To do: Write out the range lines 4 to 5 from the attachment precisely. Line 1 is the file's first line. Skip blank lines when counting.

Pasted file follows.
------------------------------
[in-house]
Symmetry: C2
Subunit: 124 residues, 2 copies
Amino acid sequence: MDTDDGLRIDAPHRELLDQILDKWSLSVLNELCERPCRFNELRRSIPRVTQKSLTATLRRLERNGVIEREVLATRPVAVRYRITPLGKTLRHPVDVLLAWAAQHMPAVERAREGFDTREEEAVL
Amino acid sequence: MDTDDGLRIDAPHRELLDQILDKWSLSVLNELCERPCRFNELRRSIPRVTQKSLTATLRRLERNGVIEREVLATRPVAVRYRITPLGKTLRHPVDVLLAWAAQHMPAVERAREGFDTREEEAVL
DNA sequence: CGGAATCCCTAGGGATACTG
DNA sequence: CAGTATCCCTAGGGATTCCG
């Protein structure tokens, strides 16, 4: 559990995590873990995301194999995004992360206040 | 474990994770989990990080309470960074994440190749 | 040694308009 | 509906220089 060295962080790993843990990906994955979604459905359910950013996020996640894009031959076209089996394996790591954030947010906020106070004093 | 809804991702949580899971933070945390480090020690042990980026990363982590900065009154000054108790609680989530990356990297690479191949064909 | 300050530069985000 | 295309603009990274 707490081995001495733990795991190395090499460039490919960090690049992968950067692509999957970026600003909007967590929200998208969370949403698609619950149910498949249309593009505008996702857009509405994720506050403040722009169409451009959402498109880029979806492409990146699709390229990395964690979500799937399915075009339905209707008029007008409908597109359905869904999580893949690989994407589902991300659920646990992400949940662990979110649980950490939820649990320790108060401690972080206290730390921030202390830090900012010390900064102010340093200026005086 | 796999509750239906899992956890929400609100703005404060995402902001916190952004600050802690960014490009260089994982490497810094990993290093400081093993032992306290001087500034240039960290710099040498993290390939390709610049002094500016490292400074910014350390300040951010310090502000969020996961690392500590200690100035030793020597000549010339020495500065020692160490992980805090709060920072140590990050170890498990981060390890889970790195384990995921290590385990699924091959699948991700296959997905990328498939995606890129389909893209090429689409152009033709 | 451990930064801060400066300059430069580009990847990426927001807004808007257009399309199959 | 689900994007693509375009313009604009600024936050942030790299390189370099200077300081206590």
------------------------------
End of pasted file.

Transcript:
Amino acid sequence: MDTDDGLRIDAPHRELLDQILDKWSLSVLNELCERPCRFNELRRSIPRVTQKSLTATLRRLERNGVIEREVLATRPVAVRYRITPLGKTLRHPVDVLLAWAAQHMPAVERAREGFDTREEEAVL
Amino acid sequence: MDTDDGLRIDAPHRELLDQILDKWSLSVLNELCERPCRFNELRRSIPRVTQKSLTATLRRLERNGVIEREVLATRPVAVRYRITPLGKTLRHPVDVLLAWAAQHMPAVERAREGFDTREEEAVL